Slice of Life: Sprouts and Dreams

Sunday, I stopped by my classroom to drop off a few things; put away some books.  Before I left, I checked on the seeds we planted on Wednesday. They sat, jars filled with dark, damp soil. I held each up and looked through the glass. The seeds were unchanged; suspended in the dirt. I worried about the upcoming lesson plan that assumed growth. My students planted each seed believing, that they held life. Sunday afternoon I saw little evidence of it.

The first week of school holds the excitement of newly planted seeds. Hopes and dreams of how each child will flourish. With the just right soil and with proper care, each seed will burst forth, and our garden will be filled, heads reaching toward the sun.

But want if it doesn’t go as planned?

This weekend, I looked at my students’ beginnings. I read bits of writing and math thinking. I tried to picture each student and list three things I knew about each one. I thought back to their choice of books, where they sat in the classroom, who they chose to sit next to, how they left for recess, what they shared with me. I remembered how they read. Some head down, book firmly grasped. Others were squirmy in their seats. Many on the carpet. Some perched in corners. This weekend I just took it all in and made some lists.

The beginning of the year holds hope as well as the possibility of judgment. Of putting students into one box or category. This weekend, this week, and next week I will make my lists. I’ll be collecting things I know about each child. Trying to piece together who they are, what they need.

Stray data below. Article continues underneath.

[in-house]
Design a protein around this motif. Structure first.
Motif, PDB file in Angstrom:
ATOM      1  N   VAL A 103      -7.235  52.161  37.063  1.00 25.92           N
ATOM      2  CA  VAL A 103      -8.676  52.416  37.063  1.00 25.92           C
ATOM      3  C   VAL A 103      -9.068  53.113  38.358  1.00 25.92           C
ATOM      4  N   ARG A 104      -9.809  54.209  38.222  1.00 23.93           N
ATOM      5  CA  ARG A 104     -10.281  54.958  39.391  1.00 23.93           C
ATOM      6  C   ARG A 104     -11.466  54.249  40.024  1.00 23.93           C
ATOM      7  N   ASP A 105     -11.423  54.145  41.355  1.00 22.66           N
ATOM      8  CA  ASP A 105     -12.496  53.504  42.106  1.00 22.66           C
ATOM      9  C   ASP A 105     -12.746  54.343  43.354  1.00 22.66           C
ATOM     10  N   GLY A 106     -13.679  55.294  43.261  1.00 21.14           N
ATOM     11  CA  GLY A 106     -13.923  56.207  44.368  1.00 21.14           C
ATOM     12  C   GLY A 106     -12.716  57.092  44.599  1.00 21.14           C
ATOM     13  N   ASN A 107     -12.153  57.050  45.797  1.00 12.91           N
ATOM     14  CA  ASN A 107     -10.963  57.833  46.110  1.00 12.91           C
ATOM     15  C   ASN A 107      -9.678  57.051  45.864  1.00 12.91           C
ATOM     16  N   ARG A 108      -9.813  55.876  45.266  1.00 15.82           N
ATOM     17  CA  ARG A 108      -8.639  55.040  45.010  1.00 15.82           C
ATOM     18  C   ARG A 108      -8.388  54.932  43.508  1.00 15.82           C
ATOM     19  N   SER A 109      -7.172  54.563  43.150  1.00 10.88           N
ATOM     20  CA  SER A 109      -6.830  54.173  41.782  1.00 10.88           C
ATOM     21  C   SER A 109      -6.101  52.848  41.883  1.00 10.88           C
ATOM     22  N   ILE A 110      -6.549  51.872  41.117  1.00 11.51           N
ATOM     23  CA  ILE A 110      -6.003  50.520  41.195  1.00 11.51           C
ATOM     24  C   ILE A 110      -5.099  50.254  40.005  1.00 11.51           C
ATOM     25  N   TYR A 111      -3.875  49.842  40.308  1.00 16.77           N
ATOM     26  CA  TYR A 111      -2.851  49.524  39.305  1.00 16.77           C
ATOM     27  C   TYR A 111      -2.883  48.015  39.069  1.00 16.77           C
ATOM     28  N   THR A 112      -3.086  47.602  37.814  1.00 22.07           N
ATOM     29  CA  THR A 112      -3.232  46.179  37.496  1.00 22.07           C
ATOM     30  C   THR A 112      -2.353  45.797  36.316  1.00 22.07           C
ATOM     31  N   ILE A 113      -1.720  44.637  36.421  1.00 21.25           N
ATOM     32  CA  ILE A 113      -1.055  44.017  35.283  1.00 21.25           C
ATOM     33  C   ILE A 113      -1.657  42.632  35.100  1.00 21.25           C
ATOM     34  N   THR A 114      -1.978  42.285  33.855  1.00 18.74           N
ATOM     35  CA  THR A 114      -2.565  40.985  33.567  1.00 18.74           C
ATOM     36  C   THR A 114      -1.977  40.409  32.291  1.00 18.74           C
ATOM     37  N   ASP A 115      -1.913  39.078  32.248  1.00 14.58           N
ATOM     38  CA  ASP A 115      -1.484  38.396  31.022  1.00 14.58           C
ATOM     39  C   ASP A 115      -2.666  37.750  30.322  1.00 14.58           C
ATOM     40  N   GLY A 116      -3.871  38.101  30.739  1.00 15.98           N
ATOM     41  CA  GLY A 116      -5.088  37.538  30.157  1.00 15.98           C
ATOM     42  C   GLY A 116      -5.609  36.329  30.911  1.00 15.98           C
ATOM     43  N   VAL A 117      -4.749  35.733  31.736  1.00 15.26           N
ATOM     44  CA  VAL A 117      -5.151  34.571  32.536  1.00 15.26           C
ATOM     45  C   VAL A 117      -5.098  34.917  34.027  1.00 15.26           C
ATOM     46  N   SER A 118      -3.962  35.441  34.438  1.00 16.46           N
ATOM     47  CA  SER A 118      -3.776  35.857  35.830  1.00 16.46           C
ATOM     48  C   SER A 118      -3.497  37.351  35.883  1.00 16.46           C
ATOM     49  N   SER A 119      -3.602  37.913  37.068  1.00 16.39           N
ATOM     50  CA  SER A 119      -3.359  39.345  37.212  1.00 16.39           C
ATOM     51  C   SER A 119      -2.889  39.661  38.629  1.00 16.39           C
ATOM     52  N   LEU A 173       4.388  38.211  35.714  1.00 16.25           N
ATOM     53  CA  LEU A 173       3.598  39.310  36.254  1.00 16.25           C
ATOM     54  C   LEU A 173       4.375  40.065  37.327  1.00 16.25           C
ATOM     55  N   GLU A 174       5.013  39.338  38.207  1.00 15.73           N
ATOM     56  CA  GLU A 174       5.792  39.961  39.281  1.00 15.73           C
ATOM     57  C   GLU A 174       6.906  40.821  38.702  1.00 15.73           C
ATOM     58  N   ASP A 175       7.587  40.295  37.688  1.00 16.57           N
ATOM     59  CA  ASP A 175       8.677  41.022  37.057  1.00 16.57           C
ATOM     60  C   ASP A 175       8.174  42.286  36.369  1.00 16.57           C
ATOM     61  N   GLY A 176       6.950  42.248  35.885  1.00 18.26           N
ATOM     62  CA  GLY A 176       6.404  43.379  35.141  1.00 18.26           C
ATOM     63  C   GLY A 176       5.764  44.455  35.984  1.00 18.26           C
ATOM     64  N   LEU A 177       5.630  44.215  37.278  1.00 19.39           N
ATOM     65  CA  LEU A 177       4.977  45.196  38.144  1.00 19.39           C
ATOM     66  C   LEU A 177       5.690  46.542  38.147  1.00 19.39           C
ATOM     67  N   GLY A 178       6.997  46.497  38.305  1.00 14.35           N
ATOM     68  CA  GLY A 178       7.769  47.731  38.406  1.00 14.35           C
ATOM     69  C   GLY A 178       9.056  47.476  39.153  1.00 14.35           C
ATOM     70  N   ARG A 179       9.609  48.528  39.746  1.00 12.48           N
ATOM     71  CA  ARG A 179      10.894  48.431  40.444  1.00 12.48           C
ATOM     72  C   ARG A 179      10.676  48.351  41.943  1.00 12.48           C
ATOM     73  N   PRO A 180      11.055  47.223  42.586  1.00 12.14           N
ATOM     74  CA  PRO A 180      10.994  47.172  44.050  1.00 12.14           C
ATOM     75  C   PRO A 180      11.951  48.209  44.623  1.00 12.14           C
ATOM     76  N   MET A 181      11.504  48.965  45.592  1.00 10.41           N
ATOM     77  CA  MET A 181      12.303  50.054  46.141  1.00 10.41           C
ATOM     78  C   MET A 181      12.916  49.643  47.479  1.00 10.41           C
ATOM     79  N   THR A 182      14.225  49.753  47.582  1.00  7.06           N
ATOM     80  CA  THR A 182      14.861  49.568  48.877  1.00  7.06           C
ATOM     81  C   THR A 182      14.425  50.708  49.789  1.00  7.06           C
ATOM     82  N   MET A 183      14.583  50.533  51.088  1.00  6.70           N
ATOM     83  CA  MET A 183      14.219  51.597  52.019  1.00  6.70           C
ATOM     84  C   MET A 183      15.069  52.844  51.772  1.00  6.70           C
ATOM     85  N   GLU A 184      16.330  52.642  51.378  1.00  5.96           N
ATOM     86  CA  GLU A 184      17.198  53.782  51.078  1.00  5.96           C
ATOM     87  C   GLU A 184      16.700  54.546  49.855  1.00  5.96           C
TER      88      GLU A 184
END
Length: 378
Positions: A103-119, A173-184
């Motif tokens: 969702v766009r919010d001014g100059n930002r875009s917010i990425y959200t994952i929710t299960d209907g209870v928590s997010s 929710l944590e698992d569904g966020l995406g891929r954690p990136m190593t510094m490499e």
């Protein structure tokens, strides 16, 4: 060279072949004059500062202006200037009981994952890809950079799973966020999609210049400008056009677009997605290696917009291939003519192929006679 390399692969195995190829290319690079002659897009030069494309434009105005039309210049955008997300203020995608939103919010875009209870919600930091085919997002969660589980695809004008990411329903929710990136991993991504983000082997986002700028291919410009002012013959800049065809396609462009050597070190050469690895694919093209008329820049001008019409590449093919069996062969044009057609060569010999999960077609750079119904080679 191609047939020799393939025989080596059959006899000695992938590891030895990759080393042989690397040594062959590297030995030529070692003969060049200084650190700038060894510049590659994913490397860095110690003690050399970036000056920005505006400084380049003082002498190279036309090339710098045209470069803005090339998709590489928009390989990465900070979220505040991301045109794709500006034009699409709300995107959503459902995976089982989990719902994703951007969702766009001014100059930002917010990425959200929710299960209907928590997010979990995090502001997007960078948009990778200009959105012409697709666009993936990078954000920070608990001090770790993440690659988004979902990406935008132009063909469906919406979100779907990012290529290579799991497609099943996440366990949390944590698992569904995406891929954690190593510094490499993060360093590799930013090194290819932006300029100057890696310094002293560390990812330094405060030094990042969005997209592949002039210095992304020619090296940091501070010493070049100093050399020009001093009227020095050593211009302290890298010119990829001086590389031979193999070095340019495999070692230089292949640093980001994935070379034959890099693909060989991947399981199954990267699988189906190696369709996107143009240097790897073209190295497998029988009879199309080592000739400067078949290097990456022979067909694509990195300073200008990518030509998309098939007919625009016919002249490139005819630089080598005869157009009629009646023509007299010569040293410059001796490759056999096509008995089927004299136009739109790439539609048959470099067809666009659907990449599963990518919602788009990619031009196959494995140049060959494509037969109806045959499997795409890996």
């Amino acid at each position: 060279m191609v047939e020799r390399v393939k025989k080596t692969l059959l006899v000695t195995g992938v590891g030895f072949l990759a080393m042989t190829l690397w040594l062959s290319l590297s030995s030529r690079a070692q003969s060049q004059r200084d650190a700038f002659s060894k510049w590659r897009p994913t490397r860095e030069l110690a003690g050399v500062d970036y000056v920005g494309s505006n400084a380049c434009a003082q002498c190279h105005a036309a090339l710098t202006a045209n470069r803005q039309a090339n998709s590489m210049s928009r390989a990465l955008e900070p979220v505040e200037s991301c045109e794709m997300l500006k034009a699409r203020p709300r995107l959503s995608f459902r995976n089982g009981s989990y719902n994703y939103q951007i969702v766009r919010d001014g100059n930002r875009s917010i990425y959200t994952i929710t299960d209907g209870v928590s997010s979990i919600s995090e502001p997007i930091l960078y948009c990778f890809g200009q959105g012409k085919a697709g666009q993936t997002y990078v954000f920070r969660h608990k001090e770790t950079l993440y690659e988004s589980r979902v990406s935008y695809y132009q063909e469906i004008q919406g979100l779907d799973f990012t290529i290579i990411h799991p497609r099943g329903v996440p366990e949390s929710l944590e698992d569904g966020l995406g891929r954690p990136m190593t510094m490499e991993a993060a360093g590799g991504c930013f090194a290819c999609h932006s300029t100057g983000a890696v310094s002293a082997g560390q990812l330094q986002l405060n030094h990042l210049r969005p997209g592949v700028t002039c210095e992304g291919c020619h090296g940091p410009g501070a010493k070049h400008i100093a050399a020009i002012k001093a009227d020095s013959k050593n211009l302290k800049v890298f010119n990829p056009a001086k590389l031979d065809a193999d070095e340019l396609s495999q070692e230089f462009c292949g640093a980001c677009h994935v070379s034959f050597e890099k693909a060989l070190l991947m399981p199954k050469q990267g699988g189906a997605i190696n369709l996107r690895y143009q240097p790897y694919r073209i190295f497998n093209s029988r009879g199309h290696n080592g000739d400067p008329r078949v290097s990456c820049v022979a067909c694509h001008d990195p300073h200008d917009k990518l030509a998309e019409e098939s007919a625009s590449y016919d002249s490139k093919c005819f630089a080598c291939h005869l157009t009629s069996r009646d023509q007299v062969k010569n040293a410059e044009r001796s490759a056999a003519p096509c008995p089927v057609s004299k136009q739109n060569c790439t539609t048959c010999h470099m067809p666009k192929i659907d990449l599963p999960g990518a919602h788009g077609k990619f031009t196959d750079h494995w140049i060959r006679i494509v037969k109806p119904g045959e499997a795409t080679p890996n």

Monday morning there were squeals in the corner. “Look! They’re growing!” Students clustered around the jars of planted seeds. The pots that held little hope of a plant the day before had burst forth.

Today, X, Y, and Z revealed tiny bits of themselves. X’s favorite sport is soccer, even though he’s finishing a summer baseball league. Y knows a lot about what she reads, more than one would assume by watching her. Z has a tough time making mistakes.

This year, every day is a day to look to find another sprout, a searching root, reaching for more.

Celebrate: A waiting classroom

A classroom needs to know how to wait.  Undisturbed by words, colors, or pictures.

These bare cupboards hold notebooks and boxes of books.  Expectant clips hang waiting for writers’ words. cupboards writing area.JPG

Open territory. Waits to be claimed.

Room Open space.JPG

Books provide the only hints of the journey ahead.

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Next Tuesday the meeting area will fill and create chemistry never seen before.

Until then, the classroom waits.

But. I can’t help but want to share a few words.  A frame for what could be.

Notice. Wonder. Collect. Share. Listen. Rethink. Repeat.

The question is often more important than the answer.

What kind of world can we make?

Know your thoughts lead to doing things that matter.